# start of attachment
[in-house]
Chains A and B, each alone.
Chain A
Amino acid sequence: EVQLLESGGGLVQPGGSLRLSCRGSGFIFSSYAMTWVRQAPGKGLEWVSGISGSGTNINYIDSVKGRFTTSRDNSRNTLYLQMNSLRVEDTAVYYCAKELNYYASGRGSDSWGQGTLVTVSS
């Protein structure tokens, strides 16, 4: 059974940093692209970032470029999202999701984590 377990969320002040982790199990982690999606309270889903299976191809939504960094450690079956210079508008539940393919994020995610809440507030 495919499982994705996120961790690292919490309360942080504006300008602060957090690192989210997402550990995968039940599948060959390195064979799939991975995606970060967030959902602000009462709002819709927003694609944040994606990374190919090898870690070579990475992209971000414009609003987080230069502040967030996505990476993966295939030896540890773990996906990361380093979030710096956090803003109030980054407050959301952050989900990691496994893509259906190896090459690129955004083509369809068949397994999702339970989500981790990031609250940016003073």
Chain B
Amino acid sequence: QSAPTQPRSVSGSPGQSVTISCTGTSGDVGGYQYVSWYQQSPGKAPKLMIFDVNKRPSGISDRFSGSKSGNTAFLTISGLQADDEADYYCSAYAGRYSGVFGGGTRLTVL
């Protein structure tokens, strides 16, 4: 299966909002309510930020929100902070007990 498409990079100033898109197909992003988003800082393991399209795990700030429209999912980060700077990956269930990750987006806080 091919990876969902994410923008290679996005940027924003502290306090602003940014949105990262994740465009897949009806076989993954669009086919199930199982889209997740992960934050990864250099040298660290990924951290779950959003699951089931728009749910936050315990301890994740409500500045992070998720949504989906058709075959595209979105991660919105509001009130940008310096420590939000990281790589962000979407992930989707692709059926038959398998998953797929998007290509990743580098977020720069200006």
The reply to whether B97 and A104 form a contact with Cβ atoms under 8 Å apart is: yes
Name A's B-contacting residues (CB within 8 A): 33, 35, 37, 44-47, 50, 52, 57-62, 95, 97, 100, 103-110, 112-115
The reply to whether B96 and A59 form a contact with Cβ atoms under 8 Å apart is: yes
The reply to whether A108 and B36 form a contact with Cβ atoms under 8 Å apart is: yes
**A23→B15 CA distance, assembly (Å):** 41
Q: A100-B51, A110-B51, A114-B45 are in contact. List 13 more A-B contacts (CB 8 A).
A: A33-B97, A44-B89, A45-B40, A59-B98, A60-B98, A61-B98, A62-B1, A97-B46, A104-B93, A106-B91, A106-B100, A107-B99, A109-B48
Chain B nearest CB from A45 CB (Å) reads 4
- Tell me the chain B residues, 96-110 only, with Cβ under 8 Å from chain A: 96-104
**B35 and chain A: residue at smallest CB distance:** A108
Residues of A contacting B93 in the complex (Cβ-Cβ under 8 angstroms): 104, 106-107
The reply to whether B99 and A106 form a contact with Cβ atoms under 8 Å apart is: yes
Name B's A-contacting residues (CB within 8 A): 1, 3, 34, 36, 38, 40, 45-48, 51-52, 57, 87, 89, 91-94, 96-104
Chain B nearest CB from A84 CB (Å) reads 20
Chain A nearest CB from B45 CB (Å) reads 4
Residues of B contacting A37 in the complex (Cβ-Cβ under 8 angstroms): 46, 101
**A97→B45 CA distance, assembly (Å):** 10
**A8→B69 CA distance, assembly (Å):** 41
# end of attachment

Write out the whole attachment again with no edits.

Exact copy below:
[in-house]
Chains A and B, each alone.
Chain A
Amino acid sequence: EVQLLESGGGLVQPGGSLRLSCRGSGFIFSSYAMTWVRQAPGKGLEWVSGISGSGTNINYIDSVKGRFTTSRDNSRNTLYLQMNSLRVEDTAVYYCAKELNYYASGRGSDSWGQGTLVTVSS
């Protein structure tokens, strides 16, 4: 059974940093692209970032470029999202999701984590 377990969320002040982790199990982690999606309270889903299976191809939504960094450690079956210079508008539940393919994020995610809440507030 495919499982994705996120961790690292919490309360942080504006300008602060957090690192989210997402550990995968039940599948060959390195064979799939991975995606970060967030959902602000009462709002819709927003694609944040994606990374190919090898870690070579990475992209971000414009609003987080230069502040967030996505990476993966295939030896540890773990996906990361380093979030710096956090803003109030980054407050959301952050989900990691496994893509259906190896090459690129955004083509369809068949397994999702339970989500981790990031609250940016003073």
Chain B
Amino acid sequence: QSAPTQPRSVSGSPGQSVTISCTGTSGDVGGYQYVSWYQQSPGKAPKLMIFDVNKRPSGISDRFSGSKSGNTAFLTISGLQADDEADYYCSAYAGRYSGVFGGGTRLTVL
């Protein structure tokens, strides 16, 4: 299966909002309510930020929100902070007990 498409990079100033898109197909992003988003800082393991399209795990700030429209999912980060700077990956269930990750987006806080 091919990876969902994410923008290679996005940027924003502290306090602003940014949105990262994740465009897949009806076989993954669009086919199930199982889209997740992960934050990864250099040298660290990924951290779950959003699951089931728009749910936050315990301890994740409500500045992070998720949504989906058709075959595209979105991660919105509001009130940008310096420590939000990281790589962000979407992930989707692709059926038959398998998953797929998007290509990743580098977020720069200006």
The reply to whether B97 and A104 form a contact with Cβ atoms under 8 Å apart is: yes
Name A's B-contacting residues (CB within 8 A): 33, 35, 37, 44-47, 50, 52, 57-62, 95, 97, 100, 103-110, 112-115
The reply to whether B96 and A59 form a contact with Cβ atoms under 8 Å apart is: yes
The reply to whether A108 and B36 form a contact with Cβ atoms under 8 Å apart is: yes
**A23→B15 CA distance, assembly (Å):** 41
Q: A100-B51, A110-B51, A114-B45 are in contact. List 13 more A-B contacts (CB 8 A).
A: A33-B97, A44-B89, A45-B40, A59-B98, A60-B98, A61-B98, A62-B1, A97-B46, A104-B93, A106-B91, A106-B100, A107-B99, A109-B48
Chain B nearest CB from A45 CB (Å) reads 4
- Tell me the chain B residues, 96-110 only, with Cβ under 8 Å from chain A: 96-104
**B35 and chain A: residue at smallest CB distance:** A108
Residues of A contacting B93 in the complex (Cβ-Cβ under 8 angstroms): 104, 106-107
The reply to whether B99 and A106 form a contact with Cβ atoms under 8 Å apart is: yes
Name B's A-contacting residues (CB within 8 A): 1, 3, 34, 36, 38, 40, 45-48, 51-52, 57, 87, 89, 91-94, 96-104
Chain B nearest CB from A84 CB (Å) reads 20
Chain A nearest CB from B45 CB (Å) reads 4
Residues of B contacting A37 in the complex (Cβ-Cβ under 8 angstroms): 46, 101
**A97→B45 CA distance, assembly (Å):** 10
**A8→B69 CA distance, assembly (Å):** 41